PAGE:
1. Connecting AI Services with Logic Apps


    To integrate AI services with Azure Logic Apps, you'll typically create a Logic App workflow that connects to the specific AI services you want to use. Let's suppose you want to create an Azure Logic App workflow that integrates with an Azure Cognitive Services API to analyze text.

    Azure Logic Apps provides a way to automate processes as a series of steps. The following Pulumi program will create a Logic App that connects to the Text Analytics API in Azure Cognitive Services. To achieve this, we will use the Workflow resource from the pulumi_azure_native.logic module. We will also create an IntegrationAccount to manage the resources for our Logic App.

    Here is a high-level overview of what our Pulumi program will do:

    1. Define the Azure resources required for our Logic App.
    2. Define the workflow for the Logic App using the Azure Logic App Designer's JSON definition format, which involves setting up a trigger and an action.
    3. Export any outputs we want to retrieve after deployment, such as the Logic App URL.

    Below is the program written in Python for Pulumi:

    import pulumi import pulumi_azure_native.logic as logic import pulumi_azure_native.resources as resources # Create a new Resource Group to contain our Logic App and associated resources. resource_group = resources.ResourceGroup("ai_logic_app_rg") # Define an Integration Account to manage the resources for a Logic App. integration_account = logic.IntegrationAccount("ai_int_account", resource_group_name=resource_group.name, location=resource_group.location, sku=logic.IntegrationAccountSkuArgs( name="Standard", ), ) # Define the Logic App workflow. workflow = logic.Workflow("ai_workflow", location=resource_group.location, resource_group_name=resource_group.name, definition={ # Replace with actual designer JSON definition content "definition": { "$schema": "https://schema.management.azure.com/providers/Microsoft.Logic/schemas/2016-06-01/workflowdefinition.json#", "contentVersion": "", "actions": { # You can define your actions here. For example, calling the Text Analytics API. }, "outputs": { # Define any outputs from your Logic App you wish to capture. }, "triggers": { # Define any triggers here. For example, Recurrence or HTTP Request. } }, "parameters": { # Define any parameters you need for your logic app's actions and triggers. } }, ) # Export the Logic App URL to view the workflow in the Azure portal after deployment. pulumi.export("logic_app_url", workflow.endpoint_configuration.apply( lambda endpoint: endpoint.workflow.default if endpoint and endpoint.workflow else None ))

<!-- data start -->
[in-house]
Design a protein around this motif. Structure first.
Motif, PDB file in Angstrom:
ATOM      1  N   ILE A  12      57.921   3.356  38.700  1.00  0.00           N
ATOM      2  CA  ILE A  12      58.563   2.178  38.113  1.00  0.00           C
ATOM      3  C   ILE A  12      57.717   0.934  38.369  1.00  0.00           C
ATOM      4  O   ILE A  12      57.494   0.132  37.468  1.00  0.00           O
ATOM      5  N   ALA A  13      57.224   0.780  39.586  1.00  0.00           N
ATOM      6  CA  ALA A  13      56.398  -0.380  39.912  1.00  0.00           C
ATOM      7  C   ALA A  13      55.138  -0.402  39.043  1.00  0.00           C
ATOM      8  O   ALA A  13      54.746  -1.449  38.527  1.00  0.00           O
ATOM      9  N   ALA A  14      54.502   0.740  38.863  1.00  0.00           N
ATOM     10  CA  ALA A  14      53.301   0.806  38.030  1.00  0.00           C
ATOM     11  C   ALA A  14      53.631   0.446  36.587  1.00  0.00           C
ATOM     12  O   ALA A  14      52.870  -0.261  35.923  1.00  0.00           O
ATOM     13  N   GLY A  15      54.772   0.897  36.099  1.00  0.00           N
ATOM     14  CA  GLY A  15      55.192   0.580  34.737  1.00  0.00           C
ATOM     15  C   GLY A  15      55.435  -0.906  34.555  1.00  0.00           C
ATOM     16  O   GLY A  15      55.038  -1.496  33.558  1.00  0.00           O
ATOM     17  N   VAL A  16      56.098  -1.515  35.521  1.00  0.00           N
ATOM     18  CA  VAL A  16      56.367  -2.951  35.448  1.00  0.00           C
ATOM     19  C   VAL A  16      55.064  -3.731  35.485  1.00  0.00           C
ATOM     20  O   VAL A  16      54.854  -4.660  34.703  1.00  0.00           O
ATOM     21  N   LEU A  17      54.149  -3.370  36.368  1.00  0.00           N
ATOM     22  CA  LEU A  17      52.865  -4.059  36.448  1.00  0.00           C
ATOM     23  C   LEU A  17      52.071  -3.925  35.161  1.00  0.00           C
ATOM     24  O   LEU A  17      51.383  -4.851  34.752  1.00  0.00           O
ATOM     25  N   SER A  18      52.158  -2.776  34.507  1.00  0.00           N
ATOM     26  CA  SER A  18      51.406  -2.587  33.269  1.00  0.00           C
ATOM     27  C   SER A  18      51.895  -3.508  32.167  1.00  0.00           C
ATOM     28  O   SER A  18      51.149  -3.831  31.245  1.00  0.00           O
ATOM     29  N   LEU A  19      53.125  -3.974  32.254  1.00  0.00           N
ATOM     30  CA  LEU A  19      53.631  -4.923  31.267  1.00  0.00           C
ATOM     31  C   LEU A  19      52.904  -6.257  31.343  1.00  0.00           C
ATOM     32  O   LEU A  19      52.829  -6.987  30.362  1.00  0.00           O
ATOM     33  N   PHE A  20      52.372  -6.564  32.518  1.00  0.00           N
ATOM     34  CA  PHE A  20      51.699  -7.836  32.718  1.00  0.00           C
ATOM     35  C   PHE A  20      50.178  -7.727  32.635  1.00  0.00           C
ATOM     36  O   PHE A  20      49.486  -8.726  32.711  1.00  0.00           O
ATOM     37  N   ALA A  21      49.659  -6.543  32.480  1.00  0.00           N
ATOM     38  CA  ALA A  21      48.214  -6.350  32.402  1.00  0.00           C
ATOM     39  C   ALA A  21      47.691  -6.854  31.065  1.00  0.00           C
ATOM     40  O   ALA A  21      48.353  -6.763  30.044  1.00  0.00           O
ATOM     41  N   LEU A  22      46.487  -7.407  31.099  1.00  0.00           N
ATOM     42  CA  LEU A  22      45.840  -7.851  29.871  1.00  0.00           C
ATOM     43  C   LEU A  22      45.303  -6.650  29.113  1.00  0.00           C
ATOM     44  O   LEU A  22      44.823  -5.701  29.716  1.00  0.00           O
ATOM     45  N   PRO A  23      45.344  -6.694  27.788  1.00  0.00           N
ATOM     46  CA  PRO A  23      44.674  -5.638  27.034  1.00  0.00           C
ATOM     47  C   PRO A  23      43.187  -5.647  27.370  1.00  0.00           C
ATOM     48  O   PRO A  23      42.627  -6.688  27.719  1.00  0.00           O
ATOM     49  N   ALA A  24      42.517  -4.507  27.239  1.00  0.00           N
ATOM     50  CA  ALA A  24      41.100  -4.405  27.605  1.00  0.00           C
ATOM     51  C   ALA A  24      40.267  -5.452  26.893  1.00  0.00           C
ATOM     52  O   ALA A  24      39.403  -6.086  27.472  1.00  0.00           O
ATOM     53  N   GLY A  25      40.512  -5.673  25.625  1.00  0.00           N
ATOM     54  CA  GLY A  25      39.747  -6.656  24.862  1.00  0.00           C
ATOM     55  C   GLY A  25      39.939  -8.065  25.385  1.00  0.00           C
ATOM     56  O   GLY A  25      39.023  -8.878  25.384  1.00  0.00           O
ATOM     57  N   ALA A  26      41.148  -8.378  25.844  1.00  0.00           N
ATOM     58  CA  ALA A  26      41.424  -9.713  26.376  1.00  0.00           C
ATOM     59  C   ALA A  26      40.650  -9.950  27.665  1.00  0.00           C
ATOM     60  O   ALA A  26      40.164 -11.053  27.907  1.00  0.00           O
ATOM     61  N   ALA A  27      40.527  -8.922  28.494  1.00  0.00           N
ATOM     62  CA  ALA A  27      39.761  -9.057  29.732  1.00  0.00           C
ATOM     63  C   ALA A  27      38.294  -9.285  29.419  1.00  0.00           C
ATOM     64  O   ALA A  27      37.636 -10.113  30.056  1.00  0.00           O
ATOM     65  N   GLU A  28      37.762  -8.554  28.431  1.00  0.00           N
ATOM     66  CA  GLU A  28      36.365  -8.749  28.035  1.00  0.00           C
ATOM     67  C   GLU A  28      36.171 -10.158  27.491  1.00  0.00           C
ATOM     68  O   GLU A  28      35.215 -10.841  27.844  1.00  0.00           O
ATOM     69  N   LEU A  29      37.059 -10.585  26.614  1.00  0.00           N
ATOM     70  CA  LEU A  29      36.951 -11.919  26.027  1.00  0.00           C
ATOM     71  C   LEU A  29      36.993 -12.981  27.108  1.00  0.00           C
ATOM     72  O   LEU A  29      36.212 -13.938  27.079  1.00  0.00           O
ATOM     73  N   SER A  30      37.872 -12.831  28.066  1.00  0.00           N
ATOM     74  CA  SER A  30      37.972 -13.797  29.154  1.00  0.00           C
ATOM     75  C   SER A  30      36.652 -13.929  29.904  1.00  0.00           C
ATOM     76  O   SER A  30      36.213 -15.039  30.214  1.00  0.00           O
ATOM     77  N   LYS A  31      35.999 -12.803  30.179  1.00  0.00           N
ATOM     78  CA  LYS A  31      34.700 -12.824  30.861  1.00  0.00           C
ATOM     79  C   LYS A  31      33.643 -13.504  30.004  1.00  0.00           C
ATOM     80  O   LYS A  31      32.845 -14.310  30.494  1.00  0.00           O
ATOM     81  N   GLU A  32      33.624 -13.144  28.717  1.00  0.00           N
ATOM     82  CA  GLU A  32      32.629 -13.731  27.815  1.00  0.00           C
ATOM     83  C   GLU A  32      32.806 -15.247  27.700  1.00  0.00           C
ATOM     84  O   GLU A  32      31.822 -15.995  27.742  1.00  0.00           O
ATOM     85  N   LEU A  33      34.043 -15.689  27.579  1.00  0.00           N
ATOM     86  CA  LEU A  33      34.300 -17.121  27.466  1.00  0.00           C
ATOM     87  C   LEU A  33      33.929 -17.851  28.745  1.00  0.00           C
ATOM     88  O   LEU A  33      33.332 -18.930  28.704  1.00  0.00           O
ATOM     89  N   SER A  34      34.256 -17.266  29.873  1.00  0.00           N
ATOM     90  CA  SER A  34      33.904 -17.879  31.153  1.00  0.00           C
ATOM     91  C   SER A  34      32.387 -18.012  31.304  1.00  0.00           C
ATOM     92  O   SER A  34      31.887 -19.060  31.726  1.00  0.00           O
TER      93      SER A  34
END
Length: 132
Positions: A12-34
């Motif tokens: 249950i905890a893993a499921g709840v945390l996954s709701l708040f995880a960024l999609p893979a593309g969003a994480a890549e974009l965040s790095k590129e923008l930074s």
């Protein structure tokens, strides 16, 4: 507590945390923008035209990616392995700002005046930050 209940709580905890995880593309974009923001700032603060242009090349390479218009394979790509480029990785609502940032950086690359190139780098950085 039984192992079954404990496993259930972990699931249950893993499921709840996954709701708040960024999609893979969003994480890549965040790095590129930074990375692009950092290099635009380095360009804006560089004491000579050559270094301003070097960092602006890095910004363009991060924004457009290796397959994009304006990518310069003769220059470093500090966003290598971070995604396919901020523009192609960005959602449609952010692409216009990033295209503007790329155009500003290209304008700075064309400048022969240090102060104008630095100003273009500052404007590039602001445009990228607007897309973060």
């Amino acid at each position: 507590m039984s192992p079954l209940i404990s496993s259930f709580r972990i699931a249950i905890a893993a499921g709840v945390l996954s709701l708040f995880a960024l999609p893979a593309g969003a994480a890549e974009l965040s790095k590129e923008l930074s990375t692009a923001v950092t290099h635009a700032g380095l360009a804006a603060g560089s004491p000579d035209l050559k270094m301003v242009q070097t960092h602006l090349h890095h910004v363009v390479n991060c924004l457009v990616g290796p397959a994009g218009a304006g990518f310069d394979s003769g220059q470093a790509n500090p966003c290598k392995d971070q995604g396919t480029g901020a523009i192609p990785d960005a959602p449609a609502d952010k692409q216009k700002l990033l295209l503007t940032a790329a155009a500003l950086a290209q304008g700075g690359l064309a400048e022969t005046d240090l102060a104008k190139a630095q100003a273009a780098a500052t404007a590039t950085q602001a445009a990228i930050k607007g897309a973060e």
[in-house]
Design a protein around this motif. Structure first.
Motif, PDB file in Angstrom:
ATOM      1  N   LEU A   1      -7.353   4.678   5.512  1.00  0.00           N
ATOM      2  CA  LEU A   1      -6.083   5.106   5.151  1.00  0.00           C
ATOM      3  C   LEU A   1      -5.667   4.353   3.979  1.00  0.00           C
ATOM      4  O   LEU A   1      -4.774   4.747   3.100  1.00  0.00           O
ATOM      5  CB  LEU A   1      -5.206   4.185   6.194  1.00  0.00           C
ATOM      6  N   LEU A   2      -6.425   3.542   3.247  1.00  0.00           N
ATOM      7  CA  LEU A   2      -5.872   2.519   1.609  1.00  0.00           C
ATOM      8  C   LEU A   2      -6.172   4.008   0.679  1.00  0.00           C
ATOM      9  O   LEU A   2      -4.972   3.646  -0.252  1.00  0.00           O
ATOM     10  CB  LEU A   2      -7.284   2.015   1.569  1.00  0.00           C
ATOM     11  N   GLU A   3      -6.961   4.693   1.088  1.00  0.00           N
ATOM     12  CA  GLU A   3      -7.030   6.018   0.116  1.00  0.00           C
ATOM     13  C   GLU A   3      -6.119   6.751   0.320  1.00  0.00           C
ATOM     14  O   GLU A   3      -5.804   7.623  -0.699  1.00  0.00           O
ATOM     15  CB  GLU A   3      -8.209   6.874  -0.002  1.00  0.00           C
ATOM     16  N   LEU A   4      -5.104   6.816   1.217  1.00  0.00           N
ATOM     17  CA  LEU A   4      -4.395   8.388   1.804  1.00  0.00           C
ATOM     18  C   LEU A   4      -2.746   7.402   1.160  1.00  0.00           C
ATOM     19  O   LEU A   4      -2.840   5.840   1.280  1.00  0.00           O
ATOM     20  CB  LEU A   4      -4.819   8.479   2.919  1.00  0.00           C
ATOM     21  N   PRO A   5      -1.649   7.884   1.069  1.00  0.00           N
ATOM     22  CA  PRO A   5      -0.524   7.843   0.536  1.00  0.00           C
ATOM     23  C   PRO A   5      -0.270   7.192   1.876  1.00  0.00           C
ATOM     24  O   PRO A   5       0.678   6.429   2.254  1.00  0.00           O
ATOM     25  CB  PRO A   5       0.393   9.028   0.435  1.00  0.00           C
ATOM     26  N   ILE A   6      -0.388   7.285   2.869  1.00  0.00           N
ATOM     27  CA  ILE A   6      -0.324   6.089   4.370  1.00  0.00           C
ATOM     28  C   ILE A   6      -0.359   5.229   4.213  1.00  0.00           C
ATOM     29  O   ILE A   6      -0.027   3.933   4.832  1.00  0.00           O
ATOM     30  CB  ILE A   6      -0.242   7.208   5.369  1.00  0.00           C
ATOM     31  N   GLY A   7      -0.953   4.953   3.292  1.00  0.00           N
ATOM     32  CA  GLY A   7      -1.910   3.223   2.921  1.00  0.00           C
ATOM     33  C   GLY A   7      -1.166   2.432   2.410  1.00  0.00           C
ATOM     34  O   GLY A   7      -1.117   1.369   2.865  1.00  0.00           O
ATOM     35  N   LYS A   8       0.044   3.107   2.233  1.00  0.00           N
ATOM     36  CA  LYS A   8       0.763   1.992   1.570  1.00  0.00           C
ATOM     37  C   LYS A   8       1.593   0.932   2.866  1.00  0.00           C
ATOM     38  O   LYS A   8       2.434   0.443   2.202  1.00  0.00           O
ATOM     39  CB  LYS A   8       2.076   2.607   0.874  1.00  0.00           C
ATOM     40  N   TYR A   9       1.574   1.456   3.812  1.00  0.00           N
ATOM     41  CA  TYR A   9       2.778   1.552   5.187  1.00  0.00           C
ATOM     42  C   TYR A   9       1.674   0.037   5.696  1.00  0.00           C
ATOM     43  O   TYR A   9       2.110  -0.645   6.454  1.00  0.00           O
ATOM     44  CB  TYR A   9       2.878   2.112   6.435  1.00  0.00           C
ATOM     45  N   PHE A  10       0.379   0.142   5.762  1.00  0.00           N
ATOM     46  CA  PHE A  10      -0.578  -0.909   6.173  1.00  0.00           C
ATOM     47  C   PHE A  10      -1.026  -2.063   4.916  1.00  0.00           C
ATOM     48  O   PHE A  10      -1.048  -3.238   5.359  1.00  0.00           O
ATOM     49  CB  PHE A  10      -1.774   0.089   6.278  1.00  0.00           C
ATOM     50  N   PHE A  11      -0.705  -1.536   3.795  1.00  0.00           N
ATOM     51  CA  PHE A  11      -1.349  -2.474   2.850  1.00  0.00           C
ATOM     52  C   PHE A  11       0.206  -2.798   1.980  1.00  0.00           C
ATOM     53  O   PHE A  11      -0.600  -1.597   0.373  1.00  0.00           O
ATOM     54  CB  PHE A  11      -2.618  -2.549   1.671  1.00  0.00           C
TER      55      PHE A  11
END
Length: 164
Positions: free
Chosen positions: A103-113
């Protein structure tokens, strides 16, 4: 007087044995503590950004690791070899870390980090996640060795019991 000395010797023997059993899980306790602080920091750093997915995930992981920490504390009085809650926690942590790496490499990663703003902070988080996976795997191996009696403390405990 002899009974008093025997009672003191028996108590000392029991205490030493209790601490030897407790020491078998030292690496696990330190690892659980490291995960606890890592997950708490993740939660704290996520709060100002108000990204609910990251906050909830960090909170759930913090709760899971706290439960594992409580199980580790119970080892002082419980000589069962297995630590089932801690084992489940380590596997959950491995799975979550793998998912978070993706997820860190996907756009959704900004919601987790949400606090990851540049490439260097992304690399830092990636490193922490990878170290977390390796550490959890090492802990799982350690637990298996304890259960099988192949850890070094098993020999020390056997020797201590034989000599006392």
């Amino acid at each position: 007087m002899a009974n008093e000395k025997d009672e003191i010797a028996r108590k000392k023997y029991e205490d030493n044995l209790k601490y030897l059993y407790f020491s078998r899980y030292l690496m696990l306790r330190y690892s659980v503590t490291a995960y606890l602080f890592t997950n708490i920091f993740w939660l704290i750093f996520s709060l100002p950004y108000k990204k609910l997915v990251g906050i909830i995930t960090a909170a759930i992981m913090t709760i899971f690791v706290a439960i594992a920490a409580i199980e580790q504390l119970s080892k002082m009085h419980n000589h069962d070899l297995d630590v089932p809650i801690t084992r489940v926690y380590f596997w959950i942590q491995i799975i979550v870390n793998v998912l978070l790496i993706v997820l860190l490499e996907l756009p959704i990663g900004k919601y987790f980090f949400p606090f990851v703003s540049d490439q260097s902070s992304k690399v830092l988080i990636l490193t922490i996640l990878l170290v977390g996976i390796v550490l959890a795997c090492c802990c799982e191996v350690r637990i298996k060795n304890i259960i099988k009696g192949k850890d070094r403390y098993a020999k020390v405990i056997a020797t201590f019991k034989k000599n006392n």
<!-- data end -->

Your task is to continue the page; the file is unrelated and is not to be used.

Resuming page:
To flesh out this program further, you'd need to specify detailed actions in the definition attribute of the Workflow. The actions block would contain the steps your Logic App performs, such as connecting to an AI service, processing data, or responding to events.

    Additionally, you would define triggers, such as HTTP requests or periodic triggers, depending on how you want to start the workflow. You can design your Logic App in the Azure portal using the visual designer, which will generate this JSON for you, and then copy and paste the JSON into your Pulumi program.

    The pulumi.export line is important because it allows you to see the URL of your Logic App in Azure after it has been deployed by Pulumi. You can then navigate to this URL to check the status of your Logic App or to further modify it in the Azure portal.

    Remember that you will need the appropriate permissions and possibly subscription details set up with Pulumi's Azure provider to deploy this successfully. This program assumes that you've already handled authentication and configuration for Azure outside of the code shown here.

    By using Pulumi, you can automate the deployment of complex workflows in a way that is repeatable and version-controlled, leveraging infrastructure as code principles.